Bikepackers and ultra-distance cyclists use many devices that they need to keep charged, including lights, navigation devices and phones. Options for charging USB-powered devices when cycling long distances are presented, including dynamo-powered, battery-powered and mains-socket powered USB chargers.
Dynamo power can be converted into USB power using various devices. Whereas the Busch & Müller Luxos U front light that was described on the Headlights page has an integrated USB output, all other options are separate devices. The Plug by Supernova is quite popular but it doesn’t work in many carbon forks because you need to have a hole in the bottom of the steering column to pass the cable through and the special expansion plug is too large to work with some forks without modification; in addition, many people have had these fail during use. Other options include the SineWave Revolution, B&M USB-Werk, BioLogic ReeCharge, and PedalPower+; see here for even more options.
Using a dynamo-powered USB charger may not be ideal because there are many high-capacity reserve battery packs now available that are a lot cheaper than dynamo-powered chargers. Since I’ve had an Anker Astro (Amazon), I’ve stopped using my dynamo hub for charging and only used this battery to avoid having extra drag on the front hub, which decreases average speeds by about 0.3 kph when in use (see the page on Hub Resistance). These chargers can be useful even for people who prefer to use a dynamo-powered charger most of the time because dynamo-powered chargers don’t work well at night when powering the lights and it’s always good to have a backup charger in case of a dynamo system failure.
When staying at a hotel, you’ll want to recharge all of your gadgets and lights from a wall-socket USB charger. People who save space by bringing a small, single-output USB charger often report having to wake up during the night to switch between charging different devices. I therefore recommend bringing a wall charger with at least 2, preferably 4 outputs, a good option being the Anker PowerPort, which is available with various plugs depending on the country: US plug (Amazon US), UK & EU plugs (Amazon UK) or EU only (Amazon DE). See Wikipedia for information about socket styles used around the world.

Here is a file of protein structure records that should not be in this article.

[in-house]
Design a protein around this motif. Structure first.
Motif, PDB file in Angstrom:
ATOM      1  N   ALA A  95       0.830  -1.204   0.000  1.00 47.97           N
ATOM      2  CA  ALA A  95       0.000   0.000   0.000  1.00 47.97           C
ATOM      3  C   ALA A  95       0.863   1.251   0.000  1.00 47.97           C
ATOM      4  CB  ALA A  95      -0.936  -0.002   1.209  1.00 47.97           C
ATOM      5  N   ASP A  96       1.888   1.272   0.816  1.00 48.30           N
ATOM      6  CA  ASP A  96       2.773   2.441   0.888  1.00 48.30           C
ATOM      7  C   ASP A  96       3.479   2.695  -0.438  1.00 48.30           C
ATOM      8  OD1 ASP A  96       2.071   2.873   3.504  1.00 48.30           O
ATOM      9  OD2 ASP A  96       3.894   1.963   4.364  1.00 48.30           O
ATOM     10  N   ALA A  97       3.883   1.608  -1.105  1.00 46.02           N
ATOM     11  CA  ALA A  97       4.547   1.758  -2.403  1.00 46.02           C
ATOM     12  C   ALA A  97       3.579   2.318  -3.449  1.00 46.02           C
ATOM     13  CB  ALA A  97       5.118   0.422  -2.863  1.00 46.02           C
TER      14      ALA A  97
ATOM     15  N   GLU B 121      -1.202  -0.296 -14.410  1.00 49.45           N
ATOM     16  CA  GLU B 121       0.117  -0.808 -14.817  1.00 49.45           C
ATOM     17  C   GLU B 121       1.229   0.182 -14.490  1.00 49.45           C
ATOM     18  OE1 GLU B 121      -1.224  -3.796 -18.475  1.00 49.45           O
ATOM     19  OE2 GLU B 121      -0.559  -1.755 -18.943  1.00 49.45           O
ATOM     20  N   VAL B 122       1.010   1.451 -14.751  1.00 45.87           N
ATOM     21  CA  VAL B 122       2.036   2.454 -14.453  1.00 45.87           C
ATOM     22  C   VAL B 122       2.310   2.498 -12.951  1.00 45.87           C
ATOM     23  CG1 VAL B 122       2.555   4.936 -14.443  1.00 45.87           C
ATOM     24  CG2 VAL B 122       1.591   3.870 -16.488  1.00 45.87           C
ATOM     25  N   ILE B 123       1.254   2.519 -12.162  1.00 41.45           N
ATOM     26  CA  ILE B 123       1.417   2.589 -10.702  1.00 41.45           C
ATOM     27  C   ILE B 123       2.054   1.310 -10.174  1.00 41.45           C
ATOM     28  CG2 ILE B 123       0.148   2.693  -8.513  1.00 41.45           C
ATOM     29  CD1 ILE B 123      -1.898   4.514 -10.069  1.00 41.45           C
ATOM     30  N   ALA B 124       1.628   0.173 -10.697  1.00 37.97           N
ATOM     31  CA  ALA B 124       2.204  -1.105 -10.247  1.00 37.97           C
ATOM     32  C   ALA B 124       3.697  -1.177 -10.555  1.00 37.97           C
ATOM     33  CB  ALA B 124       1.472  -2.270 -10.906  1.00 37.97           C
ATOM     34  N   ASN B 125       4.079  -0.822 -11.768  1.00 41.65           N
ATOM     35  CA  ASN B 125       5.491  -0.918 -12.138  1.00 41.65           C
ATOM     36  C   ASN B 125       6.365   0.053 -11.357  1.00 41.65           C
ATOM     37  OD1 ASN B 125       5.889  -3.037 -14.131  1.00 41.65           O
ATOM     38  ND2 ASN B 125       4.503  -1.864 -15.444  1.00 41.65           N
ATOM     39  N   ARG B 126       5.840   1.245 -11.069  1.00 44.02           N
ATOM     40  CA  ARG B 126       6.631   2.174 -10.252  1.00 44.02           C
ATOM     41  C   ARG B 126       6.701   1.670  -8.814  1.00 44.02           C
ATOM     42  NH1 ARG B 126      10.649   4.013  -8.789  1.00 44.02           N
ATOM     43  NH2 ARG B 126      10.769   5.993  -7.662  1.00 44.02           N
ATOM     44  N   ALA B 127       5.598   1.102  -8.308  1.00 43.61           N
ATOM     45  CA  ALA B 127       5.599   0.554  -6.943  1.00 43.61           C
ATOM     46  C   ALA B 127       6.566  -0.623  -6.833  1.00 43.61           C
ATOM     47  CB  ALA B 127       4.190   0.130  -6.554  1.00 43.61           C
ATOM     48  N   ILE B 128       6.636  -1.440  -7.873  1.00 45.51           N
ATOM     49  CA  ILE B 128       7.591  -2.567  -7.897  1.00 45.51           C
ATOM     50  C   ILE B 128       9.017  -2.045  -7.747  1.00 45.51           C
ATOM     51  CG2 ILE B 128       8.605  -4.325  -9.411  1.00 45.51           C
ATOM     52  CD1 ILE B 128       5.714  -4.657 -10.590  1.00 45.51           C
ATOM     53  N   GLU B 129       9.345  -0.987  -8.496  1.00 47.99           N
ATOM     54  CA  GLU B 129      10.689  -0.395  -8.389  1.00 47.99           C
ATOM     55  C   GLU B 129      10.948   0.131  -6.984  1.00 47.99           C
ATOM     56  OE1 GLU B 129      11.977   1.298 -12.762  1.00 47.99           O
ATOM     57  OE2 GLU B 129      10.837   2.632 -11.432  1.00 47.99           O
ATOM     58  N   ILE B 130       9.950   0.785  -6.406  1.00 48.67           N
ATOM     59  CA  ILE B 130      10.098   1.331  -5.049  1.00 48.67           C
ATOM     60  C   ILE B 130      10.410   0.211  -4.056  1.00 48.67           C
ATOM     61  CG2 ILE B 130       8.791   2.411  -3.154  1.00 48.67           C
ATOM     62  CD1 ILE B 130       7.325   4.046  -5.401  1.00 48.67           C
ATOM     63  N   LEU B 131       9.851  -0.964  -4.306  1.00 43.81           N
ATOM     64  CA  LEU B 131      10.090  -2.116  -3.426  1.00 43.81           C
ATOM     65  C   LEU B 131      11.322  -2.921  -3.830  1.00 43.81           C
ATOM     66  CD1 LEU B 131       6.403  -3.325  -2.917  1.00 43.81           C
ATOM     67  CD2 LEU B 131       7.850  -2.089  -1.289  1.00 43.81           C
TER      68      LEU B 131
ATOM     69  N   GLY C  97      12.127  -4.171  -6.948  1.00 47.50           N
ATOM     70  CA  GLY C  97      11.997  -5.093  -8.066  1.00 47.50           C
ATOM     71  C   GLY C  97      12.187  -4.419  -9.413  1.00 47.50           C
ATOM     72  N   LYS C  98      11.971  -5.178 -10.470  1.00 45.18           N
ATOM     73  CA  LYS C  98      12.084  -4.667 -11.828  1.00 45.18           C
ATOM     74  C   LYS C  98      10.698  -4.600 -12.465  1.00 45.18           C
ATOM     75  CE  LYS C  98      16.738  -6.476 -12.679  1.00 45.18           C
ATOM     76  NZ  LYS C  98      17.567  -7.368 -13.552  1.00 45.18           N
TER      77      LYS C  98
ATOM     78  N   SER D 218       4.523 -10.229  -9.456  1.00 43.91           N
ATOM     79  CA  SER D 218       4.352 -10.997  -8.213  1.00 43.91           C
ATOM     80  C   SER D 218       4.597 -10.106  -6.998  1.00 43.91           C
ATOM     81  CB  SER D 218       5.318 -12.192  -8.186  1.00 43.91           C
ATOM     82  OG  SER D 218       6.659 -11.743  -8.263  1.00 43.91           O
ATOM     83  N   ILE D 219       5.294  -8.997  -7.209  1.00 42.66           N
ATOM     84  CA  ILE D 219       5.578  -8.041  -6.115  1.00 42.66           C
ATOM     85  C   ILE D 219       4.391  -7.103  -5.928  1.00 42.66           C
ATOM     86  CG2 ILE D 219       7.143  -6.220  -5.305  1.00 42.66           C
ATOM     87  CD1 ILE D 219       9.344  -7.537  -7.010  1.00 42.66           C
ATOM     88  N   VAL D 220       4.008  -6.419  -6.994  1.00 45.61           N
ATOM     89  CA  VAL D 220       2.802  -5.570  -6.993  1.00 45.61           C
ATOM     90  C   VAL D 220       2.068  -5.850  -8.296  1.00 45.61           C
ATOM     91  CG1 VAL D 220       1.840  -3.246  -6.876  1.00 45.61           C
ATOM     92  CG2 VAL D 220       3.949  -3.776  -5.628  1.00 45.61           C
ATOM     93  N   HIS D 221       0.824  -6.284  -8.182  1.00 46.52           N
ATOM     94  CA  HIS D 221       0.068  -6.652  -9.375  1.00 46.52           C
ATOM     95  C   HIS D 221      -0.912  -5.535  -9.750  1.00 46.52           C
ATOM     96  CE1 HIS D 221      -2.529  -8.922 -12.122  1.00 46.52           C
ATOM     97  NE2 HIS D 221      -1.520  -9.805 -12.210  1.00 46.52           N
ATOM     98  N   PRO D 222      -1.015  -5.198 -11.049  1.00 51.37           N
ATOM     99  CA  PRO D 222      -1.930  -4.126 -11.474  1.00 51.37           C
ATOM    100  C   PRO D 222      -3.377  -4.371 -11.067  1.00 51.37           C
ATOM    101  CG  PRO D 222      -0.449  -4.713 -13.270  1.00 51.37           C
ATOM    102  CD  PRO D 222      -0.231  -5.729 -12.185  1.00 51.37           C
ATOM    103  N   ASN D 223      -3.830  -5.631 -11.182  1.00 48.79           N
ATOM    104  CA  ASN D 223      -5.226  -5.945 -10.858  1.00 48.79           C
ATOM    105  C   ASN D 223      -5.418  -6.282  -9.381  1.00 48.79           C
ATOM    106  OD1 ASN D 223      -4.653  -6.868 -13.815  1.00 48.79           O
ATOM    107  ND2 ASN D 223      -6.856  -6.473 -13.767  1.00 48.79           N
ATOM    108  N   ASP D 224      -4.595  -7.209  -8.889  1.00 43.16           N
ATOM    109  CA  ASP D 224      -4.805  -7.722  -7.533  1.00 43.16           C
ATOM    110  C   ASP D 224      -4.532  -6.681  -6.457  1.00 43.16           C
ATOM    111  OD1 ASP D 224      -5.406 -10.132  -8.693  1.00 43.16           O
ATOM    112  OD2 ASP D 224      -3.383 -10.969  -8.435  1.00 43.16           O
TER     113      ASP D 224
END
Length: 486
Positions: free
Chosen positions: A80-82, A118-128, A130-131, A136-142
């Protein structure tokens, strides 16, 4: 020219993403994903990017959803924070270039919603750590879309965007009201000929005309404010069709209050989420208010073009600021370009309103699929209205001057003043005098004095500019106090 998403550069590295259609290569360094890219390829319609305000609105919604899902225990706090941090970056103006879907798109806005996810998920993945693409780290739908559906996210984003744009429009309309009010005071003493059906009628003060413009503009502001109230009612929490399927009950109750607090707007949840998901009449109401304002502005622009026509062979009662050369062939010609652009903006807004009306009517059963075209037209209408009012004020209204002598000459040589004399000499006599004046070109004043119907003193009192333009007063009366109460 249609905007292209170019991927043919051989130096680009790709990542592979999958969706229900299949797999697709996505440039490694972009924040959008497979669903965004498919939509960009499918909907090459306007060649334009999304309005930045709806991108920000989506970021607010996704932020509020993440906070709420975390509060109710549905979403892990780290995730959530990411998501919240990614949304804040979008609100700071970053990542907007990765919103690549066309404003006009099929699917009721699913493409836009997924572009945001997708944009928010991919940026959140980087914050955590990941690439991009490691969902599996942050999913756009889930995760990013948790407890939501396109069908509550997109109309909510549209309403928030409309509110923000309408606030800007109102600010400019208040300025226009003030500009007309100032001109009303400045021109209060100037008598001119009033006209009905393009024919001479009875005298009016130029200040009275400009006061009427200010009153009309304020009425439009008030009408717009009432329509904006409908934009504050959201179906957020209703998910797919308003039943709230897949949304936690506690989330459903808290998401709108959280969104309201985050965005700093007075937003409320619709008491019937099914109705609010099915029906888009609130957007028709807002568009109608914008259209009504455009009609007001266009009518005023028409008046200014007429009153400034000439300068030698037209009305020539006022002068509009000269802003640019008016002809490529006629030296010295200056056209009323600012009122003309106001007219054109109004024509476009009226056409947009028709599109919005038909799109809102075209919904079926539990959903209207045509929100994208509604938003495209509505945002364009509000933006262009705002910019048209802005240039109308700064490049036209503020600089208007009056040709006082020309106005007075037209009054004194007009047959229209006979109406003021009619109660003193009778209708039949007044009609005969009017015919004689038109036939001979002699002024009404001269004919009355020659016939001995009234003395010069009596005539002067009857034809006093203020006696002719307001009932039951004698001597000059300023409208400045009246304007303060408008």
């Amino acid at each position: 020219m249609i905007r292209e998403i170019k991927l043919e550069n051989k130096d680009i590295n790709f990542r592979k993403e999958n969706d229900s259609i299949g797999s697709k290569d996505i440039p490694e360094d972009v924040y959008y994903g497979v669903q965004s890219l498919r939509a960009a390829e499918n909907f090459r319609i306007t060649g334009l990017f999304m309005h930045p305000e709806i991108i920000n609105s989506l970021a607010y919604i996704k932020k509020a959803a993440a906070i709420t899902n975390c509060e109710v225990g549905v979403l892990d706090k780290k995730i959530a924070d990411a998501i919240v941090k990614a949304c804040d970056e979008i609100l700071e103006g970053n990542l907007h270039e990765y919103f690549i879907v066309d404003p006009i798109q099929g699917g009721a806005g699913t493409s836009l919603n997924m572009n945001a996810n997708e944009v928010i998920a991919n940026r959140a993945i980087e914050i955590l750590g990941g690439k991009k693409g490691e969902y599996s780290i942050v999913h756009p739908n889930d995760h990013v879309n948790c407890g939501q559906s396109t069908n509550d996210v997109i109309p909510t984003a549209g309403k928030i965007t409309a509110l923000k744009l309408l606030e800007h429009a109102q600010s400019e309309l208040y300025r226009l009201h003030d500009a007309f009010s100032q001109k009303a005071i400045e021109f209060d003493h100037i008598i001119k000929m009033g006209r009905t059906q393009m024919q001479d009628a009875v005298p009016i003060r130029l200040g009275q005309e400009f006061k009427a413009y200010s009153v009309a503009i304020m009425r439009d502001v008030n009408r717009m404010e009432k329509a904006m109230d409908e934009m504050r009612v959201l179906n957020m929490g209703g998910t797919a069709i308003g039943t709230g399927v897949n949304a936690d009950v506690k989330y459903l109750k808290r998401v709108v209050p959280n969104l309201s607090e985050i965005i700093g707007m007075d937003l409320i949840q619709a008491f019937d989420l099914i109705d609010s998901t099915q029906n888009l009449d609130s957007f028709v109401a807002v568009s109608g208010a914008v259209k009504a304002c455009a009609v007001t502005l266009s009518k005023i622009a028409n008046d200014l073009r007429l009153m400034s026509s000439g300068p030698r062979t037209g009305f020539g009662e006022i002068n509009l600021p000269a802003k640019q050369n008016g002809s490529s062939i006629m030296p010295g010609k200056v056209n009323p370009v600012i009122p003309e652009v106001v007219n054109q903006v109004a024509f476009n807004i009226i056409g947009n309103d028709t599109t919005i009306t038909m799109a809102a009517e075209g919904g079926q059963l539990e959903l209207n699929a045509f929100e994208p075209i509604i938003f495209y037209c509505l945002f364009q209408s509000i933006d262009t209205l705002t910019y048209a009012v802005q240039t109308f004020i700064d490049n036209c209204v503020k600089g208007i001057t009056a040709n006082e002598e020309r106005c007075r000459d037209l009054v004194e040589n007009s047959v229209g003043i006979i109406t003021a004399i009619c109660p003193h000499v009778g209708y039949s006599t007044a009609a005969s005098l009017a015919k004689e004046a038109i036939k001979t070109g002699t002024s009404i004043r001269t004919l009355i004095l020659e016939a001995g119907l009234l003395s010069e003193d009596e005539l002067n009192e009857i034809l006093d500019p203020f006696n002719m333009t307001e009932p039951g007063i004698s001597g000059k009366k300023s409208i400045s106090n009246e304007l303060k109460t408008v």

Ideally, many of your devices will use the same charging cable, but you should have a sufficient number of cables so that you can charge the maximum number of devices at the same time based on how many outlets your chargers have. Devices are often delivered with medium-length cables, but to save space you can easily get some shorter, 30 cm long cables. In addition, small adapters are available to convert one type of cable to another, for instance taking a micro-USB to Lightning adapter is much smaller than taking a specific Lightning cable.
As mentioned on the Navigation Devices page, the Garmin Edge 1000 and Explore 1000 models have the cable port in an awkward position underneath the device, which often causes problems. Bikepacking veteran Chris Bennett offered a solution for this that involves using a charging cable with a 90 degree bend in the head and a rubber strap to hold it in place, but you need to make sure that the cable you buy has the plug oriented in the correct direction so that the cable points away from the device. If you have an Edge 1000 and you aren’t already bringing a second similar cable for another device then bring an extra cable because I know of many cables that have been damaged due to the charging location on that device.
If you need to use standard AA or AAA batteries, then although they are significantly more expensive, Lithium batteries last a lot longer than regular batteries and so fewer spares need to be carried and less time is spent changing them. The Spot trackers that are used to monitor racers’ positions during most bikepacking races only work properly with lithium batteries. For a useful comparison between the amount of power given by different brands and models of batteries, see the Battery Showdown website.
Last minor page modification:
Last significant page update: November, 2016
This page is in the Accessories section. The final page in this section on Navigation Devices.